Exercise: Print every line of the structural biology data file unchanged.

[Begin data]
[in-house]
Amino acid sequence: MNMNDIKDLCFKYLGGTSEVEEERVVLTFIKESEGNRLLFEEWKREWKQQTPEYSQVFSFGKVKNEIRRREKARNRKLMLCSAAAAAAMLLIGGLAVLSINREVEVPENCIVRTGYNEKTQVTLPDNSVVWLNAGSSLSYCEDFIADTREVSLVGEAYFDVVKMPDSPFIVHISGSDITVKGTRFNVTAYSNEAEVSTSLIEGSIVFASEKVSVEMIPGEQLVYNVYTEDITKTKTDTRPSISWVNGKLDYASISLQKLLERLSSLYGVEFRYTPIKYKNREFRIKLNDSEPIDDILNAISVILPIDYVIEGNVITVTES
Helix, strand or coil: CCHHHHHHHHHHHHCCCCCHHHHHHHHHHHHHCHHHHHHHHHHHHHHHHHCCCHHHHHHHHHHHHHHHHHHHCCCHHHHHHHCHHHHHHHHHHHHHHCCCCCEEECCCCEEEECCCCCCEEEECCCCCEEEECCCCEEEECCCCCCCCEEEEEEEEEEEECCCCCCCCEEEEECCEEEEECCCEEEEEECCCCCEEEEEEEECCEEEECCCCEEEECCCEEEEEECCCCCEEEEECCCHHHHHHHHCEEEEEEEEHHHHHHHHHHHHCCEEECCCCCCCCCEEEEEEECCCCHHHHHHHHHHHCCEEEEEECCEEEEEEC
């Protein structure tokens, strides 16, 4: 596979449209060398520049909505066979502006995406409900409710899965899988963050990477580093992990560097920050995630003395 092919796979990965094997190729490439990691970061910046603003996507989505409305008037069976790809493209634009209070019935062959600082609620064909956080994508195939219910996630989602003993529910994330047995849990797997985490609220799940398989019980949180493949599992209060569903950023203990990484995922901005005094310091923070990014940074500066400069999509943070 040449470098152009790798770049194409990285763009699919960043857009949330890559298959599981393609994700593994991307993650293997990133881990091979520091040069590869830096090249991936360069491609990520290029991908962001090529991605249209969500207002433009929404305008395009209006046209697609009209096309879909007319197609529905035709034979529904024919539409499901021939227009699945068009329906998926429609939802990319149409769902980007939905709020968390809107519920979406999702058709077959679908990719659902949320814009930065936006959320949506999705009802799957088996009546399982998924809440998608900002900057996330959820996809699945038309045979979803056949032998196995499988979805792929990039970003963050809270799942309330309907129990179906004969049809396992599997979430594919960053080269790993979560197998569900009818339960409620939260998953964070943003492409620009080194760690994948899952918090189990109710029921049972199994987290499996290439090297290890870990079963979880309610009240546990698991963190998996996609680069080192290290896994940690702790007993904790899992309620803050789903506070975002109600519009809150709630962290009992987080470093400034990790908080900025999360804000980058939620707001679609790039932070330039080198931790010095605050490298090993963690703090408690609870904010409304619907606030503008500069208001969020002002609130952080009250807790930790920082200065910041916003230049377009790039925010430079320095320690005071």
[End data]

[in-house]
Amino acid sequence: MNMNDIKDLCFKYLGGTSEVEEERVVLTFIKESEGNRLLFEEWKREWKQQTPEYSQVFSFGKVKNEIRRREKARNRKLMLCSAAAAAAMLLIGGLAVLSINREVEVPENCIVRTGYNEKTQVTLPDNSVVWLNAGSSLSYCEDFIADTREVSLVGEAYFDVVKMPDSPFIVHISGSDITVKGTRFNVTAYSNEAEVSTSLIEGSIVFASEKVSVEMIPGEQLVYNVYTEDITKTKTDTRPSISWVNGKLDYASISLQKLLERLSSLYGVEFRYTPIKYKNREFRIKLNDSEPIDDILNAISVILPIDYVIEGNVITVTES
Helix, strand or coil: CCHHHHHHHHHHHHCCCCCHHHHHHHHHHHHHCHHHHHHHHHHHHHHHHHCCCHHHHHHHHHHHHHHHHHHHCCCHHHHHHHCHHHHHHHHHHHHHHCCCCCEEECCCCEEEECCCCCCEEEECCCCCEEEECCCCEEEECCCCCCCCEEEEEEEEEEEECCCCCCCCEEEEECCEEEEECCCEEEEEECCCCCEEEEEEEECCEEEECCCCEEEECCCEEEEEECCCCCEEEEECCCHHHHHHHHCEEEEEEEEHHHHHHHHHHHHCCEEECCCCCCCCCEEEEEEECCCCHHHHHHHHHHHCCEEEEEECCEEEEEEC
């Protein structure tokens, strides 16, 4: 596979449209060398520049909505066979502006995406409900409710899965899988963050990477580093992990560097920050995630003395 092919796979990965094997190729490439990691970061910046603003996507989505409305008037069976790809493209634009209070019935062959600082609620064909956080994508195939219910996630989602003993529910994330047995849990797997985490609220799940398989019980949180493949599992209060569903950023203990990484995922901005005094310091923070990014940074500066400069999509943070 040449470098152009790798770049194409990285763009699919960043857009949330890559298959599981393609994700593994991307993650293997990133881990091979520091040069590869830096090249991936360069491609990520290029991908962001090529991605249209969500207002433009929404305008395009209006046209697609009209096309879909007319197609529905035709034979529904024919539409499901021939227009699945068009329906998926429609939802990319149409769902980007939905709020968390809107519920979406999702058709077959679908990719659902949320814009930065936006959320949506999705009802799957088996009546399982998924809440998608900002900057996330959820996809699945038309045979979803056949032998196995499988979805792929990039970003963050809270799942309330309907129990179906004969049809396992599997979430594919960053080269790993979560197998569900009818339960409620939260998953964070943003492409620009080194760690994948899952918090189990109710029921049972199994987290499996290439090297290890870990079963979880309610009240546990698991963190998996996609680069080192290290896994940690702790007993904790899992309620803050789903506070975002109600519009809150709630962290009992987080470093400034990790908080900025999360804000980058939620707001679609790039932070330039080198931790010095605050490298090993963690703090408690609870904010409304619907606030503008500069208001969020002002609130952080009250807790930790920082200065910041916003230049377009790039925010430079320095320690005071």